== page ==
Eagle Fishing in Kalinin Bay

Evening in Kalinin Bay

As the sun set,the colors became spectacular
May 31, 2018

Another 0545 start, but we were the third boat out of the bay.  Fishing was equally fruitless, so at 0900 we headed for Sitka.  
Our only excitement were two Stellar Sea Lions swimming around our downriggers.  
Looking for a handout
Another dream gone awry near Olga Strait.
At 1200 we pulled into “A” float in the south harbor, a slip we have been in before.

Eagles waiting on the fish cleaning tables in Sitka Harbor
Our log now shows 1045 nautical miles since leaving Anacortes.

As soon as the engine cooled down, we changed the main engine oil and picked up the parts at the US Post Office to rebuild the salt water washdown pump, parts we had ordered while out in Frederick Sound 10 days earlier.

Alaska 2018 Blog Post 9 – Petersburg to Takatz

May 19, 2018

Saturday was a lazy day in Petersburg; Patrick replaced engine zincs and cleaned sea strainers.  We made our final grocery trips.  The day was still sunny, but cool once out of the direct sun.  The morning was livened by the kid’s fishing derby, with the docks lined with kids and parents trying their luck.

May 20, 2018

Spirit was underway at 0646, riding the ebb tide out of Wrangell Narrows and then west in Frederick Sound.  We left in rain, which lifted briefly, then started again heavier as we approached Cannery Cove.  Winds remained less than 15 knots and seas were calm.  There was very little other traffic, just a couple of fishing boats and several pleasure craft.

There are usually lots of whales in Frederick Sound, but today we only spied two distant spouts. 

We arrived and had the anchor down in Cannery Cove at 1256, just behind a large sailing yacht that beat us in by 10 minutes.  Our first choice of locations was too close to the other boat for our comfort, given the prediction of a SE gale overnight and, so we moved and re-anchored in 50 feet of water on one of our other 2016 anchor marks further out in the cove.  Then the rain really started.  When the low clouds lifted, we could see snow down to below 500 feet on the hills surrounding the head of the bay.  The rain was so heavy we decided to keep the Apex inflatable on-board and forgo prawning, especially with the weather prediction.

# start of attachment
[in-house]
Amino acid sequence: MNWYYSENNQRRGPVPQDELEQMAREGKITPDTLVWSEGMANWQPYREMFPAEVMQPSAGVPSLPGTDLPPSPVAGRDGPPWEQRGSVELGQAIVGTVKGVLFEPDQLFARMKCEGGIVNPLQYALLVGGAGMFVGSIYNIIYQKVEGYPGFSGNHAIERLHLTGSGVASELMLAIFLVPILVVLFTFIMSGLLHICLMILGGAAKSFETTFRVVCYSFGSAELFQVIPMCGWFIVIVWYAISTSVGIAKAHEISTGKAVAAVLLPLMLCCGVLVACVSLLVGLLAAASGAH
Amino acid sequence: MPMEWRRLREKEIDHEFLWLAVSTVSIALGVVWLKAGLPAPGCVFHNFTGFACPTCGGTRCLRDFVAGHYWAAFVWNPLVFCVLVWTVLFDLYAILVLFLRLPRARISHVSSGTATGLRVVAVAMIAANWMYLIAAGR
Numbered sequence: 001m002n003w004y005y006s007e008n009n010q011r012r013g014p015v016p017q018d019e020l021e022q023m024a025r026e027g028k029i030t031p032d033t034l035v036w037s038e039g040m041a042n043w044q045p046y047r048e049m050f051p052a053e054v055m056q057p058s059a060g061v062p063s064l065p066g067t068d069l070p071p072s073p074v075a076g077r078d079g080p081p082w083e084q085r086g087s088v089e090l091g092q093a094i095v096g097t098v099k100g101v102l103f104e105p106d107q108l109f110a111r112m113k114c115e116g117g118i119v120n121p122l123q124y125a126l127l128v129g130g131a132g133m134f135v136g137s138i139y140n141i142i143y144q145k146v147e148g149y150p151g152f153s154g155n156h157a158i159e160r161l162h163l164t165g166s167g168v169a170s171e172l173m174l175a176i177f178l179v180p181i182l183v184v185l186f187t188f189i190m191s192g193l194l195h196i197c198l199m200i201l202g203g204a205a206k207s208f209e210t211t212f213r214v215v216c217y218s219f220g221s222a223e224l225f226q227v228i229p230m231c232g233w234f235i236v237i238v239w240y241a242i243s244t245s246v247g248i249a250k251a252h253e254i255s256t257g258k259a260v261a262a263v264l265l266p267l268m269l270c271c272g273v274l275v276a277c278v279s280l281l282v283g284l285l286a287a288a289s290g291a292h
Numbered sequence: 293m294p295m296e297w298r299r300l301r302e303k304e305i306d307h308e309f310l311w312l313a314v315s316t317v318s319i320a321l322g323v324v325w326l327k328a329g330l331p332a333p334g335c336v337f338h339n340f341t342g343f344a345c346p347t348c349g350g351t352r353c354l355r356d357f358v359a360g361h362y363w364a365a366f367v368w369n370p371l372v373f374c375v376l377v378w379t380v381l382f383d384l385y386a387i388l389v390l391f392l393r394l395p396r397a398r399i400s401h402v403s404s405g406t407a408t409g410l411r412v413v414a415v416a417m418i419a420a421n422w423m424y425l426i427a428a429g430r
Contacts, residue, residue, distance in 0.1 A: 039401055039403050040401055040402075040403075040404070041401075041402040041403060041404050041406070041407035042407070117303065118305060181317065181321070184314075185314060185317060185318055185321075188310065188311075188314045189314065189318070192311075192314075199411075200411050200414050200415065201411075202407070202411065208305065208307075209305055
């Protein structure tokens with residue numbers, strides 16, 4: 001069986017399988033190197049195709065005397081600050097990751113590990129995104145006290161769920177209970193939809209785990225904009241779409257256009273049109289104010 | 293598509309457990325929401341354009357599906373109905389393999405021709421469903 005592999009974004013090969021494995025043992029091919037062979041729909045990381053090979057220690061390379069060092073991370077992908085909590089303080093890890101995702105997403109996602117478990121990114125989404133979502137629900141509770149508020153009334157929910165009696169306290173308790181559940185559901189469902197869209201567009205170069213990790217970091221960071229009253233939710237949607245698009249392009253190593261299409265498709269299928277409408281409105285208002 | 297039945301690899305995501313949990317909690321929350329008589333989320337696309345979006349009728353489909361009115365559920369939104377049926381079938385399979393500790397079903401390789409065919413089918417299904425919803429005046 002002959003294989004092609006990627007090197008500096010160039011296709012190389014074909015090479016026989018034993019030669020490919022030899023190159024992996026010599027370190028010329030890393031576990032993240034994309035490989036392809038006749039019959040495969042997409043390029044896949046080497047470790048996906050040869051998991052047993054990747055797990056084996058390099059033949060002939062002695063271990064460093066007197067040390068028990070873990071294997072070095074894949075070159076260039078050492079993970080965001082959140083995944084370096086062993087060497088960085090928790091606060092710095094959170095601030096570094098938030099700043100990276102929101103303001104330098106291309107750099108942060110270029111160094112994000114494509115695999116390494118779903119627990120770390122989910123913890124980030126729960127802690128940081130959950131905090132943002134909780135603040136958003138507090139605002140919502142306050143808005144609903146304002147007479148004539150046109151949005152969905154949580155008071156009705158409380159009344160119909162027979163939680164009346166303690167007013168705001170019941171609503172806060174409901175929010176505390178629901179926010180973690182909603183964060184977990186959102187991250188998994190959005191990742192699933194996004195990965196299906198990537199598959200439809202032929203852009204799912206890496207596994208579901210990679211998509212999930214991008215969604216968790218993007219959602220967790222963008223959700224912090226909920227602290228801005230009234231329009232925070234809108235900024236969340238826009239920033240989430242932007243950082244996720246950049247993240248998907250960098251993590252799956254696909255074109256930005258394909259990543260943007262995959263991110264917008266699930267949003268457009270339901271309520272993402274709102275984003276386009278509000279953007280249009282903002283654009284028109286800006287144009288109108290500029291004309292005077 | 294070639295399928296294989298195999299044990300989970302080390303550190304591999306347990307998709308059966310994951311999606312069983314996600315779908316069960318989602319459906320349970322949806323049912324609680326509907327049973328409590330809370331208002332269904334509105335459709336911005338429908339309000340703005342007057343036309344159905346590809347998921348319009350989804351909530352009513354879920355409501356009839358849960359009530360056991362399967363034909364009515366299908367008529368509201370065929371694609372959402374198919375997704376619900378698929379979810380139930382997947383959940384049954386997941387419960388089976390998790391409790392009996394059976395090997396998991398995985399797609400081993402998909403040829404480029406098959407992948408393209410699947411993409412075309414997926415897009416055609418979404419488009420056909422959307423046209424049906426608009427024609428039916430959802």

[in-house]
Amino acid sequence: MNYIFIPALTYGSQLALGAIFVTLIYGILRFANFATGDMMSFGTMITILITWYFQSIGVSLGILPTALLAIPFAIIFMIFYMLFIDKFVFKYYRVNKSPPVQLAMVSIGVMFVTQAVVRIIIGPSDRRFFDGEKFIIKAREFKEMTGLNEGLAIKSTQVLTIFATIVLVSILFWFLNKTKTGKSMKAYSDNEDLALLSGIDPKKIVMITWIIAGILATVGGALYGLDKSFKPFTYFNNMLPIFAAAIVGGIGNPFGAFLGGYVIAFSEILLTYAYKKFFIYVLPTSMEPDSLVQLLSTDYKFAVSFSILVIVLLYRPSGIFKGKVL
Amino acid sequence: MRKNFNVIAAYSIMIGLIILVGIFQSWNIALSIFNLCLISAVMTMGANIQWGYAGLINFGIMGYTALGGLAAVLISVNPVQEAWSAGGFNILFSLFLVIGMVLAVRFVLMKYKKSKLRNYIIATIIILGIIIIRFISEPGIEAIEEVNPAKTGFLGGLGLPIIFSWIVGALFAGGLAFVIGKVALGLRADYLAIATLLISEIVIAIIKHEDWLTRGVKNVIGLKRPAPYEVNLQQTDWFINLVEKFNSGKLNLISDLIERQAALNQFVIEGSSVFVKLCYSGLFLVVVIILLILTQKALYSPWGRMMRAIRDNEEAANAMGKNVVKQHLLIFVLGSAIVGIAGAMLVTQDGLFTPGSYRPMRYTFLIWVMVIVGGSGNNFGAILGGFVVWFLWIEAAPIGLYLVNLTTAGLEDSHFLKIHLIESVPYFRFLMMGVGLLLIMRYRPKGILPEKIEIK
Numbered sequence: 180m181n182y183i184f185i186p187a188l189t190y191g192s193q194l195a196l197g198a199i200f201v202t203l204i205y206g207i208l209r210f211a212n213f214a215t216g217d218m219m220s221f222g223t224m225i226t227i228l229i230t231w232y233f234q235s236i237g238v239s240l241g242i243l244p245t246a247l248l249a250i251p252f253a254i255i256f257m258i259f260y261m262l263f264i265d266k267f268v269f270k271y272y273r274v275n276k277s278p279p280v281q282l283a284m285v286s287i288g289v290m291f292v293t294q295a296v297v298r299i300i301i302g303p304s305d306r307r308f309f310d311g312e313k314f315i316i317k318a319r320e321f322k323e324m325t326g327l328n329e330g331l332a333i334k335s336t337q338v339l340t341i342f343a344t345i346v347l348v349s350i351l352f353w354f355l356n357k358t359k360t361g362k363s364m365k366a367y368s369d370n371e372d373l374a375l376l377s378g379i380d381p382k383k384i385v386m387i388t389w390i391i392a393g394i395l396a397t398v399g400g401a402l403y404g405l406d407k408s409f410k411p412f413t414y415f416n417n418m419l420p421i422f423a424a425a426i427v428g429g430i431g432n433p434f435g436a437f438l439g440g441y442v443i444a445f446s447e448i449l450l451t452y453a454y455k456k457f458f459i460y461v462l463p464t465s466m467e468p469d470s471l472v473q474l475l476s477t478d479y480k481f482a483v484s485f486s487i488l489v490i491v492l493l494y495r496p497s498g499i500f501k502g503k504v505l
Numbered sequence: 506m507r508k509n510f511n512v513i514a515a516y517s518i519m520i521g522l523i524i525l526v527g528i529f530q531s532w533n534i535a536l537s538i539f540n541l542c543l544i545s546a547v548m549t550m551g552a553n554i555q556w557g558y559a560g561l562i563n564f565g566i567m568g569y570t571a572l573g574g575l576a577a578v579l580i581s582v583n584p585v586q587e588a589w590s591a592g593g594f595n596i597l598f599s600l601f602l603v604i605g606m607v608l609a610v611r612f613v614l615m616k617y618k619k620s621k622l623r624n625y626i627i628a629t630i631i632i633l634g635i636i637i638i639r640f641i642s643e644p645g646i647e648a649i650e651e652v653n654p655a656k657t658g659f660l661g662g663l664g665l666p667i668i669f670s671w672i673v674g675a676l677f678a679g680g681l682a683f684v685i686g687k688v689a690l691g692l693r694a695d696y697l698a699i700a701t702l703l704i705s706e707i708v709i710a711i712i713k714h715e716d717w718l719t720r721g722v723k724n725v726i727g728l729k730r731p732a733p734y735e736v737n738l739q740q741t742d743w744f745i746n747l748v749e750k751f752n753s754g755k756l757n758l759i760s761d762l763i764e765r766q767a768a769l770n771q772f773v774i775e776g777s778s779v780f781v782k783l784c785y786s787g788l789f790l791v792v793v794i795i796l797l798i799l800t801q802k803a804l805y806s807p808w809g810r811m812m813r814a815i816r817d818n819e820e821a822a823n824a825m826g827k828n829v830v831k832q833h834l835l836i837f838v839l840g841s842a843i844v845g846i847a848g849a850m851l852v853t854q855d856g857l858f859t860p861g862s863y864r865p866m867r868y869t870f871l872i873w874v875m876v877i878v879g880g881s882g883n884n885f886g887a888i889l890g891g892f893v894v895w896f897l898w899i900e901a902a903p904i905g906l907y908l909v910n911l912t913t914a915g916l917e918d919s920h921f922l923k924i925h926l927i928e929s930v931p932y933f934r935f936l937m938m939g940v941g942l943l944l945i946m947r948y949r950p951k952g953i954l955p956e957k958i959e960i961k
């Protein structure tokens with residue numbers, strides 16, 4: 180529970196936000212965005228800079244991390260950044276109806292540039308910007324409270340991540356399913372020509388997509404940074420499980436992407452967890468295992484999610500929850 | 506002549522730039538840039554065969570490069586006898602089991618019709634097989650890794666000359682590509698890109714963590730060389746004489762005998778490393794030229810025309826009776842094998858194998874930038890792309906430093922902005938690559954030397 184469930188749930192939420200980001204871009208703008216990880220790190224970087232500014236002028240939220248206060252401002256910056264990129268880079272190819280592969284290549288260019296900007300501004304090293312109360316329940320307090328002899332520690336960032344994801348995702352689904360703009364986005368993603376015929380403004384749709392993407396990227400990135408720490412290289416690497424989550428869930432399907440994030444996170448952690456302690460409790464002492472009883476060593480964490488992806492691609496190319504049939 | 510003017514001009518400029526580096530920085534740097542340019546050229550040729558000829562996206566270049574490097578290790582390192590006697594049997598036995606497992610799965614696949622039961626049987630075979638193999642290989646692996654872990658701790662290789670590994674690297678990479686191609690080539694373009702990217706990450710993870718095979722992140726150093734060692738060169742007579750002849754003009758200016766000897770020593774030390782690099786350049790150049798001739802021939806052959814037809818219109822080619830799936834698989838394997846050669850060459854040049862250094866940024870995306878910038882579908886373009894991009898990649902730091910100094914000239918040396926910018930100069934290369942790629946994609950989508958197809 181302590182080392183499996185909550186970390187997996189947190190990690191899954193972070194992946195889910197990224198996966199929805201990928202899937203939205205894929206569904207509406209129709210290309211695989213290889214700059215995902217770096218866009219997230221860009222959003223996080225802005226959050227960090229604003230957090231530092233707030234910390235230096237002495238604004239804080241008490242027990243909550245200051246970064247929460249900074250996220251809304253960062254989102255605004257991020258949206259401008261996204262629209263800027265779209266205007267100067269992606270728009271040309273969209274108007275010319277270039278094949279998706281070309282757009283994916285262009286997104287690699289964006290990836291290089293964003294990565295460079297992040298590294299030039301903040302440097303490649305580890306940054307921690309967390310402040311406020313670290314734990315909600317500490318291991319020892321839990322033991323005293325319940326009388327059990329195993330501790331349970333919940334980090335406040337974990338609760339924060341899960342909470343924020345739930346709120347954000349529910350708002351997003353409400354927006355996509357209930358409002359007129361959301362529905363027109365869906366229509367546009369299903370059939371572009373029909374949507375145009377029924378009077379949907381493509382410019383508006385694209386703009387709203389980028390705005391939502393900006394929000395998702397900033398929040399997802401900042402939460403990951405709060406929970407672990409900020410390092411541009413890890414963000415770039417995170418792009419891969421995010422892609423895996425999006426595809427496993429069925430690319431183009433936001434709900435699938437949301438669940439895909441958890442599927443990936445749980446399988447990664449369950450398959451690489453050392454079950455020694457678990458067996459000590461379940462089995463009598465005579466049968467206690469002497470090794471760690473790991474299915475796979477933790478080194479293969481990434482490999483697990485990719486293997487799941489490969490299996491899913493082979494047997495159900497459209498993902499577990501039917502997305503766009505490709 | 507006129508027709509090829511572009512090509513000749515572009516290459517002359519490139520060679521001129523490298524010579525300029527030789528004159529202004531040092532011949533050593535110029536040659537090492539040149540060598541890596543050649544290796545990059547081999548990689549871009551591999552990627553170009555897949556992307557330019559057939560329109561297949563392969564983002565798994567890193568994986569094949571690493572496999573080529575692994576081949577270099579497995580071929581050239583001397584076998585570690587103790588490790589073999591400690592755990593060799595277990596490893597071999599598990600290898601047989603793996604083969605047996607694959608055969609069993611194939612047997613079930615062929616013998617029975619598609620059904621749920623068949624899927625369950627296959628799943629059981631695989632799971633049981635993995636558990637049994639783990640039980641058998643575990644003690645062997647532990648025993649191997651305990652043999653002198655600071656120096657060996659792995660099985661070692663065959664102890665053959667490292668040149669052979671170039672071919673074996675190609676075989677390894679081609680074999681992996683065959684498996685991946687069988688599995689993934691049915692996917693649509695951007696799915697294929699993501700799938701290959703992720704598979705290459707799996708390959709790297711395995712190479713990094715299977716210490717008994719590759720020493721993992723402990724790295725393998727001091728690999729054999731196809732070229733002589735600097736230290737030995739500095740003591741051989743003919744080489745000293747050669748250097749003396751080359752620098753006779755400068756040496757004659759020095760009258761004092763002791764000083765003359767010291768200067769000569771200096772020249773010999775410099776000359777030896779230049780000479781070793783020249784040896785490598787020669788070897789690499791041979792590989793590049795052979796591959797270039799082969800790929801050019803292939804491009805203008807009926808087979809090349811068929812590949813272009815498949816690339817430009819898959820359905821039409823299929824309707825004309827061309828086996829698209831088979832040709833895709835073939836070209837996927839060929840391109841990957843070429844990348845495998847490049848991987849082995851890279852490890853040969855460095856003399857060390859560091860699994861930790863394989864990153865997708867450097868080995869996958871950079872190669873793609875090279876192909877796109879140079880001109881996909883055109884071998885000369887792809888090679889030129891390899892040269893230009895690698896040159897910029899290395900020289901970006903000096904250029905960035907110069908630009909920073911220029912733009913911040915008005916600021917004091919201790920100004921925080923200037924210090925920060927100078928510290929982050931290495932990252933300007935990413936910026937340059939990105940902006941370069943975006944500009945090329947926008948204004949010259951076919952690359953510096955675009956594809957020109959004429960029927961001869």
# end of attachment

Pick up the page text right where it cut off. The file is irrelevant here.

We will spend 2 nights here due to predicted inclement weather for a crossing of Chatham Strait tomorrow, with winds in excess of 40 knots and 8-foot seas.

Heading west in Frederick Sound in light rain

Cannery Cove before the deluge began

May 21, 2018

Overnight we had lots of motion as the wind swirled into Pybus Bay.  The bay is not nearly as protected from SE winds as the cruising guides indicate.  We believe the wind reflects off the hills and changes direction by nearly 90 degrees coming into the bay.  Also, the waves coming up West Channel wrap around the point and into Cannery Cove.  So, instead of protection from the SE, the winds and waves were coming directly into the bay from the NE.  The rain was torrential, never letting up, just getting blown sideways as the wind gusted to 30 knots.  The air temperature hit a high of 49 degrees; no wonder the snow is still so low on the hillsides.  We were glad we did not have to go and pull prawn pots or even go outside on the deck.

Cannery Cove where SE winds and Waves wrap around into the bay

In the afternoon, the crew of the sailing yacht “Delphina” anchored near us, brought over excess crab, which we will cook later this evening.  Their pots were full, more than their limits.

As the afternoon wore on, the waves entering the bay continued to increase and the combination of wind and current kept us broadside to the waves, very uncomfortable.  The heavy rains have increased the outflow from the streams and turned the surface water muddy brown over most of the cove.

With the heavy rains and low temperatures, soup sounded good for dinner, so even with the rolling motions we prepared a big pot of split pea with ham soup and watched a couple of episodes of “Blue Planet II”, a series we started watching at home and then purchased the Blu-ray DVD to take with us.  The wind and seas gradually decreased and by 2100 we were back to calm seas and moderate winds.

May 22, 2018

The weather front passed over during the night, so the seas were calm, just some residual wind and continued cool temperatures, in the upper 40’s.

We pulled the anchor and 260 feet of chain from the sticky mud in Cannery Cove at 0700 and headed to Henry’s Arm to investigate it as an alternate anchorage in a SE gale.  The entrance is easy to negotiate, and the water was still inside, with virtually no wind, even though it was blowing 15 knots outside.  There is room for several boats to anchor in 50 feet of water.  The barge shown on all our charts is gone, just a floating log sticking out from shore.

Heading down West Channel we re-entered Frederick Sound, riding the ebb tide to Yasha Island.  The expected ebb current in Chatham Strait was not present, probably due to the 20-knot southerly wind and residual swell from the previous day’s storm.

We entered Red Bluff Bay at 1215, quickly out of the wind and waves in Chatham, and by 1300 we were anchored at the head of the bay, the only boat for the present.

The red bluffs at the entrance to the bay